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Jiwon Lee

SFU Co-op Student
Arts + Social Sciences › English

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Jiwon standing under a bridge
After all, doing an international Co-op means entering a melting pot of new experiences, and sometimes that pot may be filled a little too close to the brim... But in the end, it’s worth it.

Living internationally is something university students dream about. Just think – how amazing would it be to live in a country half-way around the world? How amazing would it be to delve into a foreign culture, make new friends – and most importantly – to gain work experience on an international level? From Chile, to Germany, to Japan, the Co-op program offers so many opportunities around the world for us to do just that, and more. For myself, I was lucky to be employed by the TaLK program: Teach and Learn in Korea.

The TaLK program is pretty unique. Under the sponsorship of the South Korean government, the program was created to cultivate English education in rural South Korea – areas in which it’s unlikely people have ever met a fluent English speaker before, let alone a foreigner. Before I began working, I didn’t know what to expect. Four months ago, I was scouring the internet for the smallest details about life abroad. What was the culture like? The weather? The people? The minute I learned of my acceptance into the program I hastily searched online for pictures of where I was going to live, and I was filled with the mix of trepidation and excitement as the page revealed images of tidal flats and lotus fields. I had so many scenarios running through my mind about what I’d do, who I’d meet, what professional impacts I could make, and if I would change.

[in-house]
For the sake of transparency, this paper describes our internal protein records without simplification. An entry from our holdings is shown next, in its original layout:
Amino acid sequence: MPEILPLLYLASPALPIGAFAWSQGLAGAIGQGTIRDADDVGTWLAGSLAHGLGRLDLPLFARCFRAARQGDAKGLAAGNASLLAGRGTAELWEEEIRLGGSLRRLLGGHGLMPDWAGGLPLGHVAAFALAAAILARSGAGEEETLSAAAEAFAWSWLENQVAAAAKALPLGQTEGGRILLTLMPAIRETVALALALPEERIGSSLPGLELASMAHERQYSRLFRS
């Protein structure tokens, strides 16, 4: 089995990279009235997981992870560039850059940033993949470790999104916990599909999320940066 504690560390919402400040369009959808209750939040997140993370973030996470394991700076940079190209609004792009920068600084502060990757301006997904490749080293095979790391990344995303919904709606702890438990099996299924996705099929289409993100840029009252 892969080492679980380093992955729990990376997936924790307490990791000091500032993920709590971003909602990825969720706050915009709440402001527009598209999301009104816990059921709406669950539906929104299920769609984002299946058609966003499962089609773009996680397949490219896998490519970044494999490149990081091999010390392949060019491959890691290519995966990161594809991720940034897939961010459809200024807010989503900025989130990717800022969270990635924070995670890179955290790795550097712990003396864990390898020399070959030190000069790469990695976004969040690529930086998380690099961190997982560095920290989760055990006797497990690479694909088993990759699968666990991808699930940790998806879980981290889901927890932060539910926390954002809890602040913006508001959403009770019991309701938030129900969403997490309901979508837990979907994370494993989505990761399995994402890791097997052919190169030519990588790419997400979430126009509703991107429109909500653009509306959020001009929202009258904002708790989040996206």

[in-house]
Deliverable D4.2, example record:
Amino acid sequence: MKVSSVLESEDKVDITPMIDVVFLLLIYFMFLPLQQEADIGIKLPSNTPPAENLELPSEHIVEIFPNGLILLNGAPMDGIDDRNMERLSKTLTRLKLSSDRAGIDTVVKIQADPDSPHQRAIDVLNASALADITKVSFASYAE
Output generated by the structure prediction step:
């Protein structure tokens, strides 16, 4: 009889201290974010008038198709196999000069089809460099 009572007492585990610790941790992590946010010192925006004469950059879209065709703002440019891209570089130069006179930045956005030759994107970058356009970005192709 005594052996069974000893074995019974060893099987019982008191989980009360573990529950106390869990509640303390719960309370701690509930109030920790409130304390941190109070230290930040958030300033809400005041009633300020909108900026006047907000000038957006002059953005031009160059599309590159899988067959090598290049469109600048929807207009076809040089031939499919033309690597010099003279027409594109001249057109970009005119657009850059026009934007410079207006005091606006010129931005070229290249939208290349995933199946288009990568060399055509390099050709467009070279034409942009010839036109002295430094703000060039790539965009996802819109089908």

I never expected to fall in love with my job. I never imagined I would feel at home in a small town in Korea, located over 8,000 kilometres from Vancouver. But, with four months of retrospect, both of these things have come true.

This is because an international Co-op provides you with the chance to experience tremendous personal and professional growth. If you make the effort in and outside of work, you can build up a foundation of invaluable skills. You will learn to adapt quickly to new situations, as foreign and unnatural as you may feel, because 24/7 you’re constantly learning and living in a new environment. And you will learn to speak confidently to people who may or may not fully understand you, from your co-workers to the cashier at the local market.

There will be days where this might seem daunting – days that you’re struck with homesickness and an intense craving for food that you can only get back home. On these days, living and working abroad can feel overwhelming. After all, doing an international Co-op means entering a melting pot of new experiences, and sometimes that pot may be filled a little too close to the brim.

But in the end, it’s worth it. You will create unforgettable memories during your work term – some of which will be made outside of work hours, during the weekends when you can venture off to create your own adventures. International Co-op can be unbelievably rewarding, and it’s up to you to take advantage of the opportunity.

(The Teach and Learn in Korea (TaLK) program at SFU has been discontinued as of 2021. To learn more about international co-op experiences at SFU, check out the International Co-op website.)

Beyond the Blog

  • Jiwon Lee Jan 8, 2015
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About the Author

Jiwon Lee

SFU Co-op Student
Arts + Social Sciences › English

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